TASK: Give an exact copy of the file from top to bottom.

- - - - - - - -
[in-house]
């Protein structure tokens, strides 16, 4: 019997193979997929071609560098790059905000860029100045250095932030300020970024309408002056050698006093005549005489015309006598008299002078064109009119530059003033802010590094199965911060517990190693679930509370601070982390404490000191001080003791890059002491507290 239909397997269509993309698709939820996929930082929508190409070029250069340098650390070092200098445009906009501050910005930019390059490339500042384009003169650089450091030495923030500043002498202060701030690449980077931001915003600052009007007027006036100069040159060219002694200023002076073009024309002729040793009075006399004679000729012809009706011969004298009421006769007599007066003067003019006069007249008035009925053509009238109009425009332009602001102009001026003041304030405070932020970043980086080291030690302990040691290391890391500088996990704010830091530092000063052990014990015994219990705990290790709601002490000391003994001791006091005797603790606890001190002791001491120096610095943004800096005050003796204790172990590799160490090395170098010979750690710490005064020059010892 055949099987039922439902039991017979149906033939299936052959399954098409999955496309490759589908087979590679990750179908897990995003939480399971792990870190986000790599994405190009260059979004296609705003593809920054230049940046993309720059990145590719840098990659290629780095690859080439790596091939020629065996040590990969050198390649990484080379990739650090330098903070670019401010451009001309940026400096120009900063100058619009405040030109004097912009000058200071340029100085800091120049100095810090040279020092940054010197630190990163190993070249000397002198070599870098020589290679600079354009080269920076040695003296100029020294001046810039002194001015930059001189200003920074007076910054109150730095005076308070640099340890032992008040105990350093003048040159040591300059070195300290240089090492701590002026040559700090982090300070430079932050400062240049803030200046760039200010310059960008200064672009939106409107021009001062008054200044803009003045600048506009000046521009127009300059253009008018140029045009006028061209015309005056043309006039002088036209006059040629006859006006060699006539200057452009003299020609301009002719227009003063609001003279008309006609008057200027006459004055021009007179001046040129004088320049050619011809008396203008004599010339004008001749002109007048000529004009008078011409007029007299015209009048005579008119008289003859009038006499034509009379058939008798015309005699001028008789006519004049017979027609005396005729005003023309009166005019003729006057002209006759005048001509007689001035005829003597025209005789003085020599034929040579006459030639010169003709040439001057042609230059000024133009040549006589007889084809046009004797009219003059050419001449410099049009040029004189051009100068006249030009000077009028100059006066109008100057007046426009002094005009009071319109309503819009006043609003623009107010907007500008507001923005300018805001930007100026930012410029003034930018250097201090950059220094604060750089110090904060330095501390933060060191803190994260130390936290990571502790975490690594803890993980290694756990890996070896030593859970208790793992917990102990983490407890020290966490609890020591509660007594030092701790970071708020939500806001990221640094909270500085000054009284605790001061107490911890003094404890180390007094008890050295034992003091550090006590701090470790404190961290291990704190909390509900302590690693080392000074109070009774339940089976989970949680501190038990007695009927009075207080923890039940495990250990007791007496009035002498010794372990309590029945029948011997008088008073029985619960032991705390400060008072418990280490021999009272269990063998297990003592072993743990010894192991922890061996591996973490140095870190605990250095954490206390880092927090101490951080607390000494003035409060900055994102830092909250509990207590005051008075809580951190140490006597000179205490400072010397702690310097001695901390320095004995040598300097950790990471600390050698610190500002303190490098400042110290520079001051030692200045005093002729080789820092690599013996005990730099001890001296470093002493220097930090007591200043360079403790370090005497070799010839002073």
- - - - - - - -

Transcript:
[in-house]
């Protein structure tokens, strides 16, 4: 019997193979997929071609560098790059905000860029100045250095932030300020970024309408002056050698006093005549005489015309006598008299002078064109009119530059003033802010590094199965911060517990190693679930509370601070982390404490000191001080003791890059002491507290 239909397997269509993309698709939820996929930082929508190409070029250069340098650390070092200098445009906009501050910005930019390059490339500042384009003169650089450091030495923030500043002498202060701030690449980077931001915003600052009007007027006036100069040159060219002694200023002076073009024309002729040793009075006399004679000729012809009706011969004298009421006769007599007066003067003019006069007249008035009925053509009238109009425009332009602001102009001026003041304030405070932020970043980086080291030690302990040691290391890391500088996990704010830091530092000063052990014990015994219990705990290790709601002490000391003994001791006091005797603790606890001190002791001491120096610095943004800096005050003796204790172990590799160490090395170098010979750690710490005064020059010892 055949099987039922439902039991017979149906033939299936052959399954098409999955496309490759589908087979590679990750179908897990995003939480399971792990870190986000790599994405190009260059979004296609705003593809920054230049940046993309720059990145590719840098990659290629780095690859080439790596091939020629065996040590990969050198390649990484080379990739650090330098903070670019401010451009001309940026400096120009900063100058619009405040030109004097912009000058200071340029100085800091120049100095810090040279020092940054010197630190990163190993070249000397002198070599870098020589290679600079354009080269920076040695003296100029020294001046810039002194001015930059001189200003920074007076910054109150730095005076308070640099340890032992008040105990350093003048040159040591300059070195300290240089090492701590002026040559700090982090300070430079932050400062240049803030200046760039200010310059960008200064672009939106409107021009001062008054200044803009003045600048506009000046521009127009300059253009008018140029045009006028061209015309005056043309006039002088036209006059040629006859006006060699006539200057452009003299020609301009002719227009003063609001003279008309006609008057200027006459004055021009007179001046040129004088320049050619011809008396203008004599010339004008001749002109007048000529004009008078011409007029007299015209009048005579008119008289003859009038006499034509009379058939008798015309005699001028008789006519004049017979027609005396005729005003023309009166005019003729006057002209006759005048001509007689001035005829003597025209005789003085020599034929040579006459030639010169003709040439001057042609230059000024133009040549006589007889084809046009004797009219003059050419001449410099049009040029004189051009100068006249030009000077009028100059006066109008100057007046426009002094005009009071319109309503819009006043609003623009107010907007500008507001923005300018805001930007100026930012410029003034930018250097201090950059220094604060750089110090904060330095501390933060060191803190994260130390936290990571502790975490690594803890993980290694756990890996070896030593859970208790793992917990102990983490407890020290966490609890020591509660007594030092701790970071708020939500806001990221640094909270500085000054009284605790001061107490911890003094404890180390007094008890050295034992003091550090006590701090470790404190961290291990704190909390509900302590690693080392000074109070009774339940089976989970949680501190038990007695009927009075207080923890039940495990250990007791007496009035002498010794372990309590029945029948011997008088008073029985619960032991705390400060008072418990280490021999009272269990063998297990003592072993743990010894192991922890061996591996973490140095870190605990250095954490206390880092927090101490951080607390000494003035409060900055994102830092909250509990207590005051008075809580951190140490006597000179205490400072010397702690310097001695901390320095004995040598300097950790990471600390050698610190500002303190490098400042110290520079001051030692200045005093002729080789820092690599013996005990730099001890001296470093002493220097930090007591200043360079403790370090005497070799010839002073």